Last semester, the IT department launched a new instance of WordPress to host sites for class projects. WordPress is a versatile and easy to use web platform that can be used for blogs, portfolios, traditional web sites, or combinations thereof. The way a WordPress site looks and feels can vary widely, depending on the “theme” chosen- and some of the newer themes are very slick-looking indeed. Also, since a large percentage of new websites worldwide use WordPress, this is a great skill for students to be learning.
Two classes this past fall used WordPress- the course topics were very different, but the way they used WordPress was quite similar. Both faculty were drawn to WordPress because of its ability to easily let students incorporate visuals and multimedia into their projects.
In Alex Dika Seggerman’s class, Globalizing Contemporary Art, the class focused for a couple weeks at a time on art from a given area of the world. Each week, the students chose a work of art, researched it, and wrote a blog post about it for the class “archive.” The blog posts were then categorized, so someone browsing the WordPress site could view, for example, all the posts related to Korean art grouped together.
Working with blog posts and categories is a great way to let students add content to the site and then display and group that content together in many different ways. It’s also easy to see one student’s work all on one page. A single blog post can contain images, media, links, etc, as well as writing.
Rachel Rubinstein also had students write blog posts about the various themes and topics in her class, The Art of Being Jewish in (Post)Modern Times. We used categories in their site as well to pull posts on a given topic together.
Both classes had a final project assignment which involved creating a digital exhibit. In Professor Seggerman’s class, students chose an item from the Five College Museums collections and created a researched web exhibit about the object. Each student had a dedicated page for this project on the class WordPress site. Some used the single page for their project, while others designed entire new websites dedicated to their art object and simply linked to those sites from the WordPress site. In this class, students had additional guidance from Kress Curatorial Fellow Jocelyn Edens on designing their exhibits.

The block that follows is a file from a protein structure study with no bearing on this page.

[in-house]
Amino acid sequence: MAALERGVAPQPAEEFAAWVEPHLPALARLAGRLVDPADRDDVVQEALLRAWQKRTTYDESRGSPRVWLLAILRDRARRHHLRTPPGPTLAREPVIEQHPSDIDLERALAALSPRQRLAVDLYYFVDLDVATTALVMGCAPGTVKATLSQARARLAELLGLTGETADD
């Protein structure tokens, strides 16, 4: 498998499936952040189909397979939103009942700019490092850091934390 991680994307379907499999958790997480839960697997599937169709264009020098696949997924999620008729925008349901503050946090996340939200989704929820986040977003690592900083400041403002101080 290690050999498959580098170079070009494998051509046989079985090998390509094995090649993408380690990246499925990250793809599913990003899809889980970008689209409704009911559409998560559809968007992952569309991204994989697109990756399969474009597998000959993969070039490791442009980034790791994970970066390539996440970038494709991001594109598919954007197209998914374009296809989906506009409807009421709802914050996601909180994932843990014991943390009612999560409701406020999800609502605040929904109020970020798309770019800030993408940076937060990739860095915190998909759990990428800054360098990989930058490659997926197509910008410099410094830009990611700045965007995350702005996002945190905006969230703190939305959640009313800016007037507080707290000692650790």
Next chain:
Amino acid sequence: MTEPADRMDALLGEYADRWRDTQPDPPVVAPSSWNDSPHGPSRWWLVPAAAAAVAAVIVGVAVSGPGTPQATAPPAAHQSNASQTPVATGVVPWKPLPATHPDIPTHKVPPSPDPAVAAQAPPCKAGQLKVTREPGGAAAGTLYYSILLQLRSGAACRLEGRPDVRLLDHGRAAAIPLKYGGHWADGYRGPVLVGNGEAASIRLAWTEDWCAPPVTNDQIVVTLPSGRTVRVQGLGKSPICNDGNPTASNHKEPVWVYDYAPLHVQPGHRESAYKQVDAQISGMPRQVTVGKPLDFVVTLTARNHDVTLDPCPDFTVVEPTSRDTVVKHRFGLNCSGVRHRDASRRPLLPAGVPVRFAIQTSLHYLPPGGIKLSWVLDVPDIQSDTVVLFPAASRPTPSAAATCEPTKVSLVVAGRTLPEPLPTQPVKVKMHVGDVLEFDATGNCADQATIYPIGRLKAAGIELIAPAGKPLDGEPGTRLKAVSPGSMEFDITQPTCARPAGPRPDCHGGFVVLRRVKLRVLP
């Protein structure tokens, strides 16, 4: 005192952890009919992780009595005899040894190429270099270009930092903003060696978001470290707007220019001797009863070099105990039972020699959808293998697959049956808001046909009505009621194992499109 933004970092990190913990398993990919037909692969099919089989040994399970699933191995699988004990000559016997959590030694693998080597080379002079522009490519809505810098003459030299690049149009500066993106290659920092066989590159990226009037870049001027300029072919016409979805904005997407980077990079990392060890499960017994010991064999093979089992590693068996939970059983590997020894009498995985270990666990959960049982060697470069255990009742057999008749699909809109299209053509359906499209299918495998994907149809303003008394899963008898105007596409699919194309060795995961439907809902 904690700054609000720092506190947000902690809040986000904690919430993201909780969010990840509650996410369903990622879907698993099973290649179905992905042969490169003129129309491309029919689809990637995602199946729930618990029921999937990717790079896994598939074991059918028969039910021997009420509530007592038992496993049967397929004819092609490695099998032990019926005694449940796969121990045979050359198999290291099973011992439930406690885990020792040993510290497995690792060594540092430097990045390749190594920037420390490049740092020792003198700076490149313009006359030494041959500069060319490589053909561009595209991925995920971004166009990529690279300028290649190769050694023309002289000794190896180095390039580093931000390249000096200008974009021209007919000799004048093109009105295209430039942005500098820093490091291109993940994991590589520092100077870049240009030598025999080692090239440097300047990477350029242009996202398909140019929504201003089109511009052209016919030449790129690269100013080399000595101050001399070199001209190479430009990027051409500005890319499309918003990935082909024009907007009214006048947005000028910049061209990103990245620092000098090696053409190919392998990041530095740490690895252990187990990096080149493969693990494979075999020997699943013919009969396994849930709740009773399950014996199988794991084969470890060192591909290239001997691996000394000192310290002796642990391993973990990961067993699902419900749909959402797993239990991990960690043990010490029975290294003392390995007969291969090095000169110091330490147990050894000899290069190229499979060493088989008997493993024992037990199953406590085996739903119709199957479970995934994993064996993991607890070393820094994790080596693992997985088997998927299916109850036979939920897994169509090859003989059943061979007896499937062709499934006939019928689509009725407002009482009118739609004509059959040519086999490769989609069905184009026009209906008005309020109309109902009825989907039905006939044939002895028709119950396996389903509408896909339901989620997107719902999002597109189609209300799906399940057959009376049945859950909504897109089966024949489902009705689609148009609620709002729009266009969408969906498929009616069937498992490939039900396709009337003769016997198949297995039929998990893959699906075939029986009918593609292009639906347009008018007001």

Professor Rubinstein also had her students complete a final project which was a curated multi-media exhibit about a topic of their choice (relating to the course subject). As above, students each had their own page on the class WordPress site where they built their “exhibits” which included writing, images, embedded media, links and references, etc.
Both of these classes were studying contemporary culture in its various forms, so it made perfect sense to use a contemporary tool. That said, WordPress can work well for any class project where you want to students to collectively build a shared repository of information, or simply share content or ideas with each other. Web publishing is a key skill for students to gain experience in, no matter what their field.
WordPress sites can be kept private to just the class, or just to the Hampshire community, or can be opened up to a wider audience (as long as copyright and FERPA guidelines are taken into account- hence the fact that we cannot share the actual sites with you!).
Asha Kinney in IT and Alana Kumbier in the Library are available to support these projects from start to finish. Here are our recommendations, coming from the experience of the past couple semesters:
- Build in class time for students to learn to use WordPress. While most students can get up to speed fairly quickly, it’s essential to block out at least 45 minutes of class time to introduce both the assignment and WordPress itself.
- Have the WordPress project be a required assignment for the class that is tied to a key learning goal. While it can be nice to keep a blog on the side for a class, we find that these sites really don’t fully develop unless the WordPress project is fully integrated into the course.
- Since completing a successful digital project takes a lot of time and effort, think about substituting in the WordPress project for another project you might have assigned- don’t simply tack it on as an additional project.
Interested in using a WordPress site for a class next semester?